1. Eat at restaurants with picture menus
Instead, ask locals and hotel staff where they would enjoy a casual meal with their friends. If they hand you a brochure, at the hotel concierge, kindly return it back – unless you’re interested – and say you’re looking for a local  authentic spot.

2. Try international dishes, or a Caesar’s salad, at a traditional restaurant
You’ve gone all the way to another country, trying to immerse yourself in the culture and traditions. But, you don’t try authentic food from the country? That’s a big No! Our trips usually revolve around food and what’s on offer in a country. Yes, we’re the people that make a list of “Things to eat…” Make sure you try the country’s food as much possible, it’s a great way of understanding their history, culture and so much more.

3. Eat near a tourist site
Sure, the view is great, and you want it in the background for your Instagram photo, but you’re most likely going to waste time, or a meal, eating there. Remember, Every Meal Counts when you travel – that’s the Fomo motto. Besides, these restaurants are almost always quite pricey. If you absolutely must stop-by a venue, have a beverage instead. I travelled a few years ago and made the mistake of having my last meal in Paris on Champs Elysées Avenue – I’ll never forget it! The scallops were rubber-y, meat was overcooked, and service was horrendous. Grabbed an almond croissant and macrons at the airport to make up for it.

4. Drink tap water or have drinks with ice (from street-vendors)
I have about a handful of friends who travel all the time, and have suffered from food poisoning and diarrhea because they drank something with ice. If you aren’t sure about how it is prepared, it’s best to avoid drinks with ice. Also, steer away from tap water – even if the locals drink it – as your body may not be immune to it and you you could come down with a stomach bug.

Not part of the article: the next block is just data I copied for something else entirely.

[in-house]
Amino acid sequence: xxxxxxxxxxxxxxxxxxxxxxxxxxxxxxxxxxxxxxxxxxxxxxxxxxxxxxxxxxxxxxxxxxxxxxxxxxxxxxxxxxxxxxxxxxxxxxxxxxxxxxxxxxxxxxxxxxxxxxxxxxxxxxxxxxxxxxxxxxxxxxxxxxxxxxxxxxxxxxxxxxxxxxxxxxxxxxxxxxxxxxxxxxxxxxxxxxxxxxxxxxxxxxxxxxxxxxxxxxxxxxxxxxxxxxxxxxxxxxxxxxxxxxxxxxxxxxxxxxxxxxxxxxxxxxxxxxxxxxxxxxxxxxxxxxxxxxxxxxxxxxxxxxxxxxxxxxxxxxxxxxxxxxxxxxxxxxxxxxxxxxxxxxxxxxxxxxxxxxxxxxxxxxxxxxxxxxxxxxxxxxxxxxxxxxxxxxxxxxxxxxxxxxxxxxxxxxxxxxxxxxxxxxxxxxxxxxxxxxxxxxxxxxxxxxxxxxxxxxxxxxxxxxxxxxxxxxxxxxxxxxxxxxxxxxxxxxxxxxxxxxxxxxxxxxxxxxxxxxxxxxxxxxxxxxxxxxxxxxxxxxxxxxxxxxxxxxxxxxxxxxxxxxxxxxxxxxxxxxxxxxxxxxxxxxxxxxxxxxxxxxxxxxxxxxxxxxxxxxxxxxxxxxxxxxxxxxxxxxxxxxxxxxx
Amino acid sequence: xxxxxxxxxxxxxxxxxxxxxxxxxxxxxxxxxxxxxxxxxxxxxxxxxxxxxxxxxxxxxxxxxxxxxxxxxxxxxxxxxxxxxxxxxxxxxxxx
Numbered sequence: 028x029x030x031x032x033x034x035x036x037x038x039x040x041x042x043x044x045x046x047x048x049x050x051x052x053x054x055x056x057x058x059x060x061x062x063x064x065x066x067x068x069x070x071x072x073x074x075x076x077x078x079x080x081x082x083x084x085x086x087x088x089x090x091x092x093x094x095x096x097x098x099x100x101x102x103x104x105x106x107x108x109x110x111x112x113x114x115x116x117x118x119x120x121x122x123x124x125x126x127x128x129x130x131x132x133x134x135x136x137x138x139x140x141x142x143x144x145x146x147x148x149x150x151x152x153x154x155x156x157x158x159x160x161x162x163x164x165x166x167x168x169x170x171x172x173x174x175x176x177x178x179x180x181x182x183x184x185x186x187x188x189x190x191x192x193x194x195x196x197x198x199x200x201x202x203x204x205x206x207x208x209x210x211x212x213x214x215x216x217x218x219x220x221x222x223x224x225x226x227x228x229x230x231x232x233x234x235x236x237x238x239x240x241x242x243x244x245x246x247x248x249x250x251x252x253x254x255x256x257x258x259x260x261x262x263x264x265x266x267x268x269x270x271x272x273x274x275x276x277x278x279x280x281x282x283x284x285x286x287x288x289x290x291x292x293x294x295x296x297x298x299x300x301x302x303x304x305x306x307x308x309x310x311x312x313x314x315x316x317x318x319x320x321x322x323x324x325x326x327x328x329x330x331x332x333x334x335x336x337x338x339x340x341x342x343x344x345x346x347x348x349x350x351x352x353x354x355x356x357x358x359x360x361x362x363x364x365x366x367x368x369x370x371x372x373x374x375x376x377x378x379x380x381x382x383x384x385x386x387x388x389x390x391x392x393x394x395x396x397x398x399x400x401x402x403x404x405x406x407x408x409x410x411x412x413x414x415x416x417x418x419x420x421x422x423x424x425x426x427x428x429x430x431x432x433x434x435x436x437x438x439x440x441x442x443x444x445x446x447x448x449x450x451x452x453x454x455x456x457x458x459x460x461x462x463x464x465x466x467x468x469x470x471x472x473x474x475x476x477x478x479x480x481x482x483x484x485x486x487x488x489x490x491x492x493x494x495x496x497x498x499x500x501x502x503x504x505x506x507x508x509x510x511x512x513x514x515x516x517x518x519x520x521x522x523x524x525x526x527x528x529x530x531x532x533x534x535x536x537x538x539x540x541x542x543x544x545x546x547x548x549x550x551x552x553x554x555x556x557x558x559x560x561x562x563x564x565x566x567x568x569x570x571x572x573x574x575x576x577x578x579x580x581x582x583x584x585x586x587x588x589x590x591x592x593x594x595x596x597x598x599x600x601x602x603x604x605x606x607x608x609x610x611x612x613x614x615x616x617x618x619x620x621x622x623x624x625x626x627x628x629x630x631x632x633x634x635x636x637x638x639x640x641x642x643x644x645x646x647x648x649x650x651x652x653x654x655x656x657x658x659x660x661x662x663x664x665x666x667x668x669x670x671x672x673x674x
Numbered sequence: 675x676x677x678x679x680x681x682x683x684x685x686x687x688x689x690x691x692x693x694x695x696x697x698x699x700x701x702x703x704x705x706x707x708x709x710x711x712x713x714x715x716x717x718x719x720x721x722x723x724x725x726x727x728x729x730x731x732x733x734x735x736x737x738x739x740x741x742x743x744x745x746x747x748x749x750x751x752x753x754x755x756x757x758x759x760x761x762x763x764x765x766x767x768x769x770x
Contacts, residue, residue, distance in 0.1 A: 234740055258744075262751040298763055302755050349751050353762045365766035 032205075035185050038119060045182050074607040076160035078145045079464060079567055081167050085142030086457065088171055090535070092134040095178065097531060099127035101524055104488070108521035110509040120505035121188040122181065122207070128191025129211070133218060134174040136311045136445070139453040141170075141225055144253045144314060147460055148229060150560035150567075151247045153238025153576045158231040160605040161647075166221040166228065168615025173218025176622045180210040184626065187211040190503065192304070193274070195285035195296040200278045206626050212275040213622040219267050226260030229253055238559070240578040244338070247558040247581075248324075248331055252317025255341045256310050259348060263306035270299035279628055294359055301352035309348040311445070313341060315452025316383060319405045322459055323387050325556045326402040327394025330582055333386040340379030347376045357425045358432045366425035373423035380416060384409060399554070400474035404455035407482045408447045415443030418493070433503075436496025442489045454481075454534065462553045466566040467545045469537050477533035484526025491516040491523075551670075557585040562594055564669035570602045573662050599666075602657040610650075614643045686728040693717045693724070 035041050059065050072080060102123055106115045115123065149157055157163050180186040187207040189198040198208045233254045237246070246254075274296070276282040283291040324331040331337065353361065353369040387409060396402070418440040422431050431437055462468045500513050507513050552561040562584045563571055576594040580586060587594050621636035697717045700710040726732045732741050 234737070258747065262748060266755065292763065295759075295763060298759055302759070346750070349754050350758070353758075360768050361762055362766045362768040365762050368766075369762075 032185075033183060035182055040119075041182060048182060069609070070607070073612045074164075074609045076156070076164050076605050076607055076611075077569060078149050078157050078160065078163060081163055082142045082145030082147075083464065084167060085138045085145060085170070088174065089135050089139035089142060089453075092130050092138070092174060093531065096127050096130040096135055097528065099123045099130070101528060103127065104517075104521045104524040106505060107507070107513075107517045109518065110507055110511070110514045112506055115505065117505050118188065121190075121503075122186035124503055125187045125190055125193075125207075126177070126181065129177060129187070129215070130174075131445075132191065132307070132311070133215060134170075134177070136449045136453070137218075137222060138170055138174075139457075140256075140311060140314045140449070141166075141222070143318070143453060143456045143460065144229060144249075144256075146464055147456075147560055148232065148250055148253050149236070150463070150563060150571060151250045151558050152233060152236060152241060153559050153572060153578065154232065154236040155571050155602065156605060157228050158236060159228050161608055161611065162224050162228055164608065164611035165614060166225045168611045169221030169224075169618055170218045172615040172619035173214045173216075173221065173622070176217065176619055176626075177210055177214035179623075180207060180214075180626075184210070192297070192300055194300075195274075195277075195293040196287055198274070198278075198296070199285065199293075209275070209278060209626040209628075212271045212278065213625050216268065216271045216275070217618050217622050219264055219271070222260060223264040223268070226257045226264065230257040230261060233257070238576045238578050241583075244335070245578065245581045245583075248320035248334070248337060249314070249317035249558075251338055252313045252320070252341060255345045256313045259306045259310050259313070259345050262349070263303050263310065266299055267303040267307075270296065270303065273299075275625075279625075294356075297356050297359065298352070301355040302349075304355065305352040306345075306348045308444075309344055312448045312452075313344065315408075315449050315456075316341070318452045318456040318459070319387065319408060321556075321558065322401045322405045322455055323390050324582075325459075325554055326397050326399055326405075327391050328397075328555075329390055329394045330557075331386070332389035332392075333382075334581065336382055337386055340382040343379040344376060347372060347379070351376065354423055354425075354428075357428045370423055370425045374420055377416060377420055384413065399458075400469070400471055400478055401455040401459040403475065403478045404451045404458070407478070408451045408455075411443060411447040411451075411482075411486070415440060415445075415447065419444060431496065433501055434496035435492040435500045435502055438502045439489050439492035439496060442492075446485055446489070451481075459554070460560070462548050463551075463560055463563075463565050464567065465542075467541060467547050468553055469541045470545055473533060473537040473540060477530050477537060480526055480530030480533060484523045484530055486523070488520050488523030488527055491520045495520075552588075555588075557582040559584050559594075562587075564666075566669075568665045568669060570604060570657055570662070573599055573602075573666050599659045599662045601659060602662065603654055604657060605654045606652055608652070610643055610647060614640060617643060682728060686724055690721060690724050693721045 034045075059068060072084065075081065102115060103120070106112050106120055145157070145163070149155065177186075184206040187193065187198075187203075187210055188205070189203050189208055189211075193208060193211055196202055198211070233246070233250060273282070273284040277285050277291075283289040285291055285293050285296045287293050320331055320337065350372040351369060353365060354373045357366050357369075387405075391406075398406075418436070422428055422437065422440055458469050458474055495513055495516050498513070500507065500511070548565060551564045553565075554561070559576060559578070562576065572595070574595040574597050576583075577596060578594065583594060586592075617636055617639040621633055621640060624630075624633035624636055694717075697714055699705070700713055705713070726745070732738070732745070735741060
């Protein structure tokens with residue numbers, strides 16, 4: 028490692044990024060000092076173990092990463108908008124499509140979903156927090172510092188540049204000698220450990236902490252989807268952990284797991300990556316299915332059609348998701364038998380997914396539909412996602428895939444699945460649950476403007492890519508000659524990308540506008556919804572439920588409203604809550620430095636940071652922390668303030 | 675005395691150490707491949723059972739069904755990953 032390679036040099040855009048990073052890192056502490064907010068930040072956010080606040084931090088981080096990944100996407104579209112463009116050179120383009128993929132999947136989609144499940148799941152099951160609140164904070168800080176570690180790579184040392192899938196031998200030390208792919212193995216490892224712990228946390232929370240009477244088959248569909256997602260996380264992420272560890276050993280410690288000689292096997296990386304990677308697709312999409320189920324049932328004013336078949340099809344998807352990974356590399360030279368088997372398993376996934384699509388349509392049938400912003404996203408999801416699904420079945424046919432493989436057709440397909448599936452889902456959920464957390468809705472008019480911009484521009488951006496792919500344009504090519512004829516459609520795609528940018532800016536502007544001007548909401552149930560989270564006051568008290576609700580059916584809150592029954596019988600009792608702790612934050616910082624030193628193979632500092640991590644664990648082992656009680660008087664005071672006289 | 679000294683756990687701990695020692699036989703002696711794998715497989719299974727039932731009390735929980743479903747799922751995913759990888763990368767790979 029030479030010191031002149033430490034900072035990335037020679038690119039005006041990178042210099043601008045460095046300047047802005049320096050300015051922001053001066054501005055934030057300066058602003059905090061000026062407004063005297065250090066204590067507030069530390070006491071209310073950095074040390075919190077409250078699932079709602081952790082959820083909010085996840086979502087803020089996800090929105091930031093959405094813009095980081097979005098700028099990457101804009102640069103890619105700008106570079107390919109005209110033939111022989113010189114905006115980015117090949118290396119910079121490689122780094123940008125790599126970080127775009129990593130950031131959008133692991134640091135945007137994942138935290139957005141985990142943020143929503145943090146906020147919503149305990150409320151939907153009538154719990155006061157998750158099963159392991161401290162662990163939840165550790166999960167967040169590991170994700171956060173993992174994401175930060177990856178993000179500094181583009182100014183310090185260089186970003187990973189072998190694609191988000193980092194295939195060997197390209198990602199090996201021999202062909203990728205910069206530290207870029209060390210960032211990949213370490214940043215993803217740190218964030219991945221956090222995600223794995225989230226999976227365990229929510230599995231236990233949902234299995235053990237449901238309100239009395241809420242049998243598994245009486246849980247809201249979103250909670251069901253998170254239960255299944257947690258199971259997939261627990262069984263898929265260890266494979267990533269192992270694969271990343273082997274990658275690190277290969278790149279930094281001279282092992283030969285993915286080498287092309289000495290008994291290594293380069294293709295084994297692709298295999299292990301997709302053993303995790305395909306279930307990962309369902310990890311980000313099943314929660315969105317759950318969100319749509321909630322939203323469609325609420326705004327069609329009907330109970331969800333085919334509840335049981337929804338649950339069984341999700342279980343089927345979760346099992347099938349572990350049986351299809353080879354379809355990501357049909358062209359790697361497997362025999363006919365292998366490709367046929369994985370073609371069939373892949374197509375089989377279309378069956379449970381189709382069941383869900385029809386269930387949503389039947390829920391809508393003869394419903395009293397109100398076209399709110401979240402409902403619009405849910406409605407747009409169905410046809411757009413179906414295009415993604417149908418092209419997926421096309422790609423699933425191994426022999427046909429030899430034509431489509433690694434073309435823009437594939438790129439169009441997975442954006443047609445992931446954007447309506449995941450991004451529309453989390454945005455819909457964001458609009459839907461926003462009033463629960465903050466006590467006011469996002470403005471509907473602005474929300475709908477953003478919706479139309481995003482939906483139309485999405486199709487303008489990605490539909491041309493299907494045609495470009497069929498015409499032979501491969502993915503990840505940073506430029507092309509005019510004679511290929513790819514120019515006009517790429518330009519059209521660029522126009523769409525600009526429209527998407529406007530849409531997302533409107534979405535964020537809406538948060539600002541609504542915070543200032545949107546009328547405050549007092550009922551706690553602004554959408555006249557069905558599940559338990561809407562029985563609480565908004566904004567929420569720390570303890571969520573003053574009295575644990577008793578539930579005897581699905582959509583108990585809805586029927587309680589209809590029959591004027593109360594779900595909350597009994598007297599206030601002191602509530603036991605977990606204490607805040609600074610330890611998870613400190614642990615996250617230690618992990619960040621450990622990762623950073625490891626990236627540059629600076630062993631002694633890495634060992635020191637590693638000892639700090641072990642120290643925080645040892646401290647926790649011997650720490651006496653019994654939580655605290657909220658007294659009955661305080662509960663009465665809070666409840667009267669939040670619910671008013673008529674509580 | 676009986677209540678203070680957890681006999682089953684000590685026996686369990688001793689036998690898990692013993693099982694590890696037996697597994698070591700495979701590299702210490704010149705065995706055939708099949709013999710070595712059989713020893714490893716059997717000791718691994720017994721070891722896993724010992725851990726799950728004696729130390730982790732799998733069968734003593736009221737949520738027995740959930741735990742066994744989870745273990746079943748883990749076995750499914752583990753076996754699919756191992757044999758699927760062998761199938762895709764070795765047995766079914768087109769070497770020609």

5. Forget travel insurance
It all started with me securing my luggage, more so my Rimowa, but I’ve heard of accidents, emergency visits to the clinic, and lost luggage so often, it’s become one of the most important things I check off my list. Should you get injured, lose your luggage, miss a flight, or get delayed for any reason, your travel insurance will cover all of this. I used to stop by the Dnata travel counters to get one until I discovered WorldNomads.com. They’re convenient, affordable and you can extend your insurance duration while on holiday.

6. Exchange money at the airport
You will be hit with exorbitant exchange rates. Use an ATM or credit card, at the destination instead. If you do need to exchange money, do it at a bank downtown where you are likely to get batter rates and fewer fees. These links are quite helpful too – global Visa ATM locator & MasterCard global ATM Locator

7. Play music loudly on your phone
It’s one of our pet peeves to be honest. You know who we’re talking about – the person who walks down the street, phone in hand with music blaring out of it. Please put on earplugs or headphones and listen to music, especially when you’re in a country where this may be unacceptable.


It isn’t acceptable in the UAE and most definitely not in another country. I don’t know why people think it’s absolutely normal to just throw their wrappers on the floor, or anything in the ocean. When you litter, it reveals a lot about your character and home. Keep that in mind.

9. Ride on an elephant, or any other animal for that matter
It isn’t a great photo opportunity. It’s actually truly upsetting, because animals are tortured and drugged in some cases, to accommodate your photos/videos. It’s rather disturbing, and best avoided. Intrepid Travel have a comprehensive article on Why You Shouldn’t Ride Elephants 

10. Keep your head buried in your phone
I once went on a trip where the girl saw the city through her phone screen. It’s such a pity! All she cared about was Snapchatting and making stories for Instagram. I completely get it. However, I suggest clicking your pictures, making your stories, and then putting the phone away to really enjoy the moment. It’s the only way you will open your eyes and soul to experiences.

Do you have any other travel tips?

Thoughts?